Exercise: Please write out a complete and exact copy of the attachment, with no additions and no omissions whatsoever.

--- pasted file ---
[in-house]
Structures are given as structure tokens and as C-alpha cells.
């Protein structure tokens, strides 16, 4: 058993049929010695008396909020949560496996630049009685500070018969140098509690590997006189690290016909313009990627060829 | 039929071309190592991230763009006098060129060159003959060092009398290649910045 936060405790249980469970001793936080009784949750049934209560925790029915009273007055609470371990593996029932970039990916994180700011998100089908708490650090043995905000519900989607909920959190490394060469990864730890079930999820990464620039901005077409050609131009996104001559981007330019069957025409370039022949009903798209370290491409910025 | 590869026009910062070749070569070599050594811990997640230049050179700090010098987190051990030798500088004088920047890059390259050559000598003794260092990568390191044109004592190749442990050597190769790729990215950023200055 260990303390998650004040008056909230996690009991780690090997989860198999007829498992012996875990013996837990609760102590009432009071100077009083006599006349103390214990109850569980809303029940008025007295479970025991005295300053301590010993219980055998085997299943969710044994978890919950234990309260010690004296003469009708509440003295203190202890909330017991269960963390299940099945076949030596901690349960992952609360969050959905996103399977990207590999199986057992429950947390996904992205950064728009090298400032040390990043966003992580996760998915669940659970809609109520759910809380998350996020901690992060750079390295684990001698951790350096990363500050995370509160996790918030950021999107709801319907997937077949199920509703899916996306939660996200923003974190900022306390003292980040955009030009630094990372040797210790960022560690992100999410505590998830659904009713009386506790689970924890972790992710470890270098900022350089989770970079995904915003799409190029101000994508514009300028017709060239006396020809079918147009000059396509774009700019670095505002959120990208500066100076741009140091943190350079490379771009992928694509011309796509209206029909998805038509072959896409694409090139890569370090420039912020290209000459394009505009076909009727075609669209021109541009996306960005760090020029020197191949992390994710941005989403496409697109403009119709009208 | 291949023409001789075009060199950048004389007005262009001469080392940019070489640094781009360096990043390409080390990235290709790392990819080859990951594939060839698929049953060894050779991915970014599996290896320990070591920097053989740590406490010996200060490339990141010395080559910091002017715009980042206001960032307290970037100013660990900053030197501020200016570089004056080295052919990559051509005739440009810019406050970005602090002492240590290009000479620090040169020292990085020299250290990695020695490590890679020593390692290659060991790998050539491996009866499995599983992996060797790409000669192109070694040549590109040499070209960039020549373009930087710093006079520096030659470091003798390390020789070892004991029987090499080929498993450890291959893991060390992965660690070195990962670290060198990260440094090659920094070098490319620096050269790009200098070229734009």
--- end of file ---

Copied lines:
[in-house]
Structures are given as structure tokens and as C-alpha cells.
């Protein structure tokens, strides 16, 4: 058993049929010695008396909020949560496996630049009685500070018969140098509690590997006189690290016909313009990627060829 | 039929071309190592991230763009006098060129060159003959060092009398290649910045 936060405790249980469970001793936080009784949750049934209560925790029915009273007055609470371990593996029932970039990916994180700011998100089908708490650090043995905000519900989607909920959190490394060469990864730890079930999820990464620039901005077409050609131009996104001559981007330019069957025409370039022949009903798209370290491409910025 | 590869026009910062070749070569070599050594811990997640230049050179700090010098987190051990030798500088004088920047890059390259050559000598003794260092990568390191044109004592190749442990050597190769790729990215950023200055 260990303390998650004040008056909230996690009991780690090997989860198999007829498992012996875990013996837990609760102590009432009071100077009083006599006349103390214990109850569980809303029940008025007295479970025991005295300053301590010993219980055998085997299943969710044994978890919950234990309260010690004296003469009708509440003295203190202890909330017991269960963390299940099945076949030596901690349960992952609360969050959905996103399977990207590999199986057992429950947390996904992205950064728009090298400032040390990043966003992580996760998915669940659970809609109520759910809380998350996020901690992060750079390295684990001698951790350096990363500050995370509160996790918030950021999107709801319907997937077949199920509703899916996306939660996200923003974190900022306390003292980040955009030009630094990372040797210790960022560690992100999410505590998830659904009713009386506790689970924890972790992710470890270098900022350089989770970079995904915003799409190029101000994508514009300028017709060239006396020809079918147009000059396509774009700019670095505002959120990208500066100076741009140091943190350079490379771009992928694509011309796509209206029909998805038509072959896409694409090139890569370090420039912020290209000459394009505009076909009727075609669209021109541009996306960005760090020029020197191949992390994710941005989403496409697109403009119709009208 | 291949023409001789075009060199950048004389007005262009001469080392940019070489640094781009360096990043390409080390990235290709790392990819080859990951594939060839698929049953060894050779991915970014599996290896320990070591920097053989740590406490010996200060490339990141010395080559910091002017715009980042206001960032307290970037100013660990900053030197501020200016570089004056080295052919990559051509005739440009810019406050970005602090002492240590290009000479620090040169020292990085020299250290990695020695490590890679020593390692290659060991790998050539491996009866499995599983992996060797790409000669192109070694040549590109040499070209960039020549373009930087710093006079520096030659470091003798390390020789070892004991029987090499080929498993450890291959893991060390992965660690070195990962670290060198990260440094090659920094070098490319620096050269790009200098070229734009």